The detection of moons orbiting extrasolar planets ("exomoons") has now become feasible. Once they are discovered in the circumstellar habitable zone, questions about their habitability will emerge. First, speaker Rory Barnes of the University of Washington will review formation mechanisms for habitable exomoons and show that they are likely to orbit within a few tens of planetary radii. Hence, exomoons are likely to be tidally locked to their planet and experience days much shorter than their orbital period around the star and have seasons, both of which increase the likelihood for habitability. These satellites can receive more illumination per area than their host planets, as the planet reflects stellar light and emits thermal photons (both from reradiating stellar energy and its own gravitational contraction). On the other hand, eclipses may cool local climates on exomoons by reducing stellar illumination. In addition to radiative heating, tidal heating can be very large on Earth-sized exomoons, possibly even large enough for sterilization. We identify combinations of physical and orbital parameters for which radiative and tidal heating are strong enough to trigger a runaway greenhouse. By analogy with the circumstellar habitable zone, these constraints define a circumplanetary "habitable edge". Finally, Barnes will discuss how Kepler observations of exomoons can be used to characterize exomoons.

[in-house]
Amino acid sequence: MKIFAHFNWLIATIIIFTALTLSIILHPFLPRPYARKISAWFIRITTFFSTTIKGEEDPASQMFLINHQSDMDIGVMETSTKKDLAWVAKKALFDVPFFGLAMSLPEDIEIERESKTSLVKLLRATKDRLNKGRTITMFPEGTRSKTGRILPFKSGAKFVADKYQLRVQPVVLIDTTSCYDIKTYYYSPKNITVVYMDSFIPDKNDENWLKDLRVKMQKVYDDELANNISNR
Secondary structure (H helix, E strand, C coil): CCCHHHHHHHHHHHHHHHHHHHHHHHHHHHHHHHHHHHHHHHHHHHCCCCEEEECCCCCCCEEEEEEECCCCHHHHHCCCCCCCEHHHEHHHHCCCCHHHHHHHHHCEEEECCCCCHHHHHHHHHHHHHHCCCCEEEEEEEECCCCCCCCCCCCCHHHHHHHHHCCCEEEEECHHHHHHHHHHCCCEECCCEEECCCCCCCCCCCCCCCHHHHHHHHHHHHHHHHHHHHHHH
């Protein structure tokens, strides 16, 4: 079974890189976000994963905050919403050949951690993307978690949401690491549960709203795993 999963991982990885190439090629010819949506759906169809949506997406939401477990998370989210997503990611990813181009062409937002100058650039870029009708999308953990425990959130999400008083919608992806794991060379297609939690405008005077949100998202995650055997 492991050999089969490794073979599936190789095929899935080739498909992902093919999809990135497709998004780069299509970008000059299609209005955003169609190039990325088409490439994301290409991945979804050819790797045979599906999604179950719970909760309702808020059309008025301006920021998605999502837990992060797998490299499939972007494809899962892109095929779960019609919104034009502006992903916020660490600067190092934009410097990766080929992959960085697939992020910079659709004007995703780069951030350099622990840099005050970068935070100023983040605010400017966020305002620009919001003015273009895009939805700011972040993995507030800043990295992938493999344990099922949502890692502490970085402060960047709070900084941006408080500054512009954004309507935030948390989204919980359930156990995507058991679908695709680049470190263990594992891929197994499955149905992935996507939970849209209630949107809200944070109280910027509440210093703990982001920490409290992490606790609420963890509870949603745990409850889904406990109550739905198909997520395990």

Astrobiology Lecture Series - 'Exomoon Habitability'
Friday, March 8, 2013 -
12:30pm to 2:30pm
Steward Observatory, Room N505Tucson , AZ
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Department of Astronomy